The always excellent Maia Szalavitz has another good article: Most of Us Still Don’t Get It: Addiction Is a Learning Disorder
There’s a lot of misinformation pushed out there about addiction, and much of it is used to justify interventional drug policy – the whole notion that drugs enslave people against their will. And part of that is driven by “brain disease studies” showing that drug use “changes” the brain.
All experience changes the brainâ€”it has to, in order to leave a mark on memory. If experience didnâ€™t alter us, we couldnâ€™t perceive, recall or react to it. So, simply changing the brain doesnâ€™t make addiction a disease because not all changes are pathological. In order to use brain scans to prove addiction is a disease, youâ€™d have to show changes that are only seen in addicted people, that occur in all cases of addiction and that predict relapse and recovery. No one has yet done this. […]
Researchers long argued that the pharmacology of particular drugs is what makes them addictiveâ€”that, say, cocaineâ€™s alterations in the dopamine system cause a worse addiction than sex or food do because the drug directly affects the way the brain handles that chemical. But since sex and food only affect these chemicals naturallyâ€”and can create compulsive behavior thatâ€™s just as hard for some people to quitâ€”why should we see cocaine differently?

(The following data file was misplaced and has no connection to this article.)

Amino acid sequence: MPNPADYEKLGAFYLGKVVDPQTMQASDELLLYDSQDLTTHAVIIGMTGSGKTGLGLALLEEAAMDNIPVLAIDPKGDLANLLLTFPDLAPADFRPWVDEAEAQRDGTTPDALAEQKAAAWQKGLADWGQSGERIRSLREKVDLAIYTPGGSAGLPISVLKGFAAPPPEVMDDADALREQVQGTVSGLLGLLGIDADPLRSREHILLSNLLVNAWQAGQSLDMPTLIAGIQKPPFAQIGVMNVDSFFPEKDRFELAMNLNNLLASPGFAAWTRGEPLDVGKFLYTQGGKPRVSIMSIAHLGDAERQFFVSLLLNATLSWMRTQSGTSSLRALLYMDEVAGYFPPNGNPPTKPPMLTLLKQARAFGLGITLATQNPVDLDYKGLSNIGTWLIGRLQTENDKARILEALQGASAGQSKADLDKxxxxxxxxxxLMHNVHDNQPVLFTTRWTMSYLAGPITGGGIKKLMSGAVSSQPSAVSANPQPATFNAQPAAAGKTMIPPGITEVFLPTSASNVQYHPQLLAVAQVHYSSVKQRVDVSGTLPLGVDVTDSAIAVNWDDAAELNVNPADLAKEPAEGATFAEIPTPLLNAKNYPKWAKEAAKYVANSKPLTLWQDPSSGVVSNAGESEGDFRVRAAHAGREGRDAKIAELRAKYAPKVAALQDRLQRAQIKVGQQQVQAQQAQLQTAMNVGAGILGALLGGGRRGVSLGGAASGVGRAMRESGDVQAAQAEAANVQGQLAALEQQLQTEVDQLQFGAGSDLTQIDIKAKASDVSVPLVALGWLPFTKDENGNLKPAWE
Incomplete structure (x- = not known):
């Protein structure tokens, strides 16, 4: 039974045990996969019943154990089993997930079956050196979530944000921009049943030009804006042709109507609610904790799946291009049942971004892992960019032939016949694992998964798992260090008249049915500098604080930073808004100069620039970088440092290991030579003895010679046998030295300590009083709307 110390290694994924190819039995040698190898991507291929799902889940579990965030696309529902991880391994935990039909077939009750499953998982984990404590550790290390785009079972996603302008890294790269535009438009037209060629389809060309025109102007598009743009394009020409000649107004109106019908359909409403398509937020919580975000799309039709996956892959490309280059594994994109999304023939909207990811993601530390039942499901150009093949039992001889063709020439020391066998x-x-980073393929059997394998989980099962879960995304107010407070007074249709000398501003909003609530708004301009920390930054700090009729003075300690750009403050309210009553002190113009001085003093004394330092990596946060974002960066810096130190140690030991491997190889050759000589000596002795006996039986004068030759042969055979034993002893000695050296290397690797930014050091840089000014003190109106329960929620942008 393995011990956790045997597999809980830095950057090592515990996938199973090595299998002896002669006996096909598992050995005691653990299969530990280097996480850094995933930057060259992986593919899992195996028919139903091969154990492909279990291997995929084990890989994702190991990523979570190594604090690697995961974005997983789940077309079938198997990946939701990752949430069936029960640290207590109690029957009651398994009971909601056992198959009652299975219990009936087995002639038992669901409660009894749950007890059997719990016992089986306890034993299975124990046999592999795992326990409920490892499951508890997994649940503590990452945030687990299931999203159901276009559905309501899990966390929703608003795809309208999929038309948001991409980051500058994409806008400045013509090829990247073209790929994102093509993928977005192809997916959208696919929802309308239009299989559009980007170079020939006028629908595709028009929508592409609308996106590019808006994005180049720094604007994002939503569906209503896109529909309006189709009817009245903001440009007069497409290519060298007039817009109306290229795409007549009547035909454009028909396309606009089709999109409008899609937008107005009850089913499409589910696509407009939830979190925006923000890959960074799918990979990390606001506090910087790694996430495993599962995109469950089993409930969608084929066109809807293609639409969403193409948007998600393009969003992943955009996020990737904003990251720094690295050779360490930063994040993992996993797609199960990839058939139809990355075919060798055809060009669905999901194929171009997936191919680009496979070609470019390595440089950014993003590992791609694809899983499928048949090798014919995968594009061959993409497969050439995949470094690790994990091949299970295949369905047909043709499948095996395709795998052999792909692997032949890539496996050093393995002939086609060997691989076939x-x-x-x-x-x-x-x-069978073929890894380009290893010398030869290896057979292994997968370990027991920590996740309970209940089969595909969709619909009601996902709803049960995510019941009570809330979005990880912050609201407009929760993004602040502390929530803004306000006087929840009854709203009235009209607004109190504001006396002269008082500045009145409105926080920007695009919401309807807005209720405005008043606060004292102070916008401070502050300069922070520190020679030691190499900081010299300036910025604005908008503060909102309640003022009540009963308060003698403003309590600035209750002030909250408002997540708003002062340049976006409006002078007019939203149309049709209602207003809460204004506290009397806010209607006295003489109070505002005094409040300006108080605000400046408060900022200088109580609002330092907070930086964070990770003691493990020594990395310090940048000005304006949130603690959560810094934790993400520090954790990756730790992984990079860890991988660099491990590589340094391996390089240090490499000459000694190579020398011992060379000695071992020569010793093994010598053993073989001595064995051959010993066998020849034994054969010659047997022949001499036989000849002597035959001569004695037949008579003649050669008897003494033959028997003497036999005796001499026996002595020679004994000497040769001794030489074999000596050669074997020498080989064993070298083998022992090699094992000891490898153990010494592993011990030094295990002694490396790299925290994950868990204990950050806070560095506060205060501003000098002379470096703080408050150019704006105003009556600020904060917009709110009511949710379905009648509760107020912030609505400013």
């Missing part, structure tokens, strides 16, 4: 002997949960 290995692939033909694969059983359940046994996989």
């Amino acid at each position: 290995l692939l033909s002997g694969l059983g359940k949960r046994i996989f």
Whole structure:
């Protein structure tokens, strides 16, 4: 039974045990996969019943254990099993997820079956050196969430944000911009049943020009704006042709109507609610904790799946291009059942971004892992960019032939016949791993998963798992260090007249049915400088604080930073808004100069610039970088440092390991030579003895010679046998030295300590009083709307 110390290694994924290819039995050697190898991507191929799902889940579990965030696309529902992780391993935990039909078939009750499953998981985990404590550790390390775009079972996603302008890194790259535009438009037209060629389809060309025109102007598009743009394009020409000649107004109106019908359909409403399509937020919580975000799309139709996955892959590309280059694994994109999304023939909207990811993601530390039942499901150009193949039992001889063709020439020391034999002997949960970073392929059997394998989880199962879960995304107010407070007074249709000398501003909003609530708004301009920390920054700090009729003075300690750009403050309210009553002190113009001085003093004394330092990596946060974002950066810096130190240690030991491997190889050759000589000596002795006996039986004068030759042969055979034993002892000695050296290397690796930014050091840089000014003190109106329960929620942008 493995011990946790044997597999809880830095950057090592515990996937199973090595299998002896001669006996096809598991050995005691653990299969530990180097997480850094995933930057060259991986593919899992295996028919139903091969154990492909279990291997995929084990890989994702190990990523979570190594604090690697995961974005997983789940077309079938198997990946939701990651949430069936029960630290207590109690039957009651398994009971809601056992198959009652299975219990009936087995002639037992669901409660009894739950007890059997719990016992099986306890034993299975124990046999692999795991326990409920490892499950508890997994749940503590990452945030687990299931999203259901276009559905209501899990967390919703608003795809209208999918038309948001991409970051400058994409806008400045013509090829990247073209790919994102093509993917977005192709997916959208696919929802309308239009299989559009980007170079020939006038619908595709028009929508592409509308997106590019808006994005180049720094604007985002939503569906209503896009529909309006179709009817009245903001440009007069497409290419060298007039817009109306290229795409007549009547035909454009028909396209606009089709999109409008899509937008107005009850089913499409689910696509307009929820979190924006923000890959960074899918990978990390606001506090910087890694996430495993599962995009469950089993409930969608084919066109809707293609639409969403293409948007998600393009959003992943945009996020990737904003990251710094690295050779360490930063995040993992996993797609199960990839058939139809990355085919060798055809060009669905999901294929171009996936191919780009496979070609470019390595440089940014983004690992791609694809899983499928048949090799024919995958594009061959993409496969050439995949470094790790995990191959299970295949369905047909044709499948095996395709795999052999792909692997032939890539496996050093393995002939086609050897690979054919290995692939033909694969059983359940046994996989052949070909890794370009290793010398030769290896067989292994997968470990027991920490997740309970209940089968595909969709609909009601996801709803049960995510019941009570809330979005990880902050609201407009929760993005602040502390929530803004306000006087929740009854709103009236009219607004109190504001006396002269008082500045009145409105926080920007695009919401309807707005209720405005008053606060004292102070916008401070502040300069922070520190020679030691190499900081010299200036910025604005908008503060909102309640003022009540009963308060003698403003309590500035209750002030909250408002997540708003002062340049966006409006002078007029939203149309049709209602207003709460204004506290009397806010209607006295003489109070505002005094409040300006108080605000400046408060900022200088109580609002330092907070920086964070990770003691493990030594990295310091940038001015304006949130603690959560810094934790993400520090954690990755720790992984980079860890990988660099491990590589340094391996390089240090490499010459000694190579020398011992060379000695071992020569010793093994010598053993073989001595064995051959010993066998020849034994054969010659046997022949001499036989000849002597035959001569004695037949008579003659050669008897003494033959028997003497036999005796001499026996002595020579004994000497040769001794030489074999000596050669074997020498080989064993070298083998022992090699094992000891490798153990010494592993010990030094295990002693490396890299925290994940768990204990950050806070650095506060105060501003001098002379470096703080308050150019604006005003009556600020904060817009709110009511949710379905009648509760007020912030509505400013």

Of course, none of this is to say that addiction isnâ€™t a medical disorder or that addicted people shouldnâ€™t be treated with compassion. What it does show, I believe, is that addiction is a learning disorder, a condition where a system designed to motivate us to engage in activities helpful to survival and reproduction develops abnormally and goes awry. […]
Addictionâ€”whether to sex, drugs or rock & rollâ€”is a disorder of learning. Itâ€™s not a disorder of hedonism or selfishness and itâ€™s not a sign of â€œcharacter defects.â€ This learning, of course, involves the brainâ€”but because learning is involved, cultural, social and environmental factors are critical in shaping it. […]
Weâ€™ve been doing the equivalent of trying to treat obsessive-compulsive disorder by banning hand sanitizer when what we really need to understand is why and how obsessions and compulsions develop in particular people.
Fascinating and useful stuff.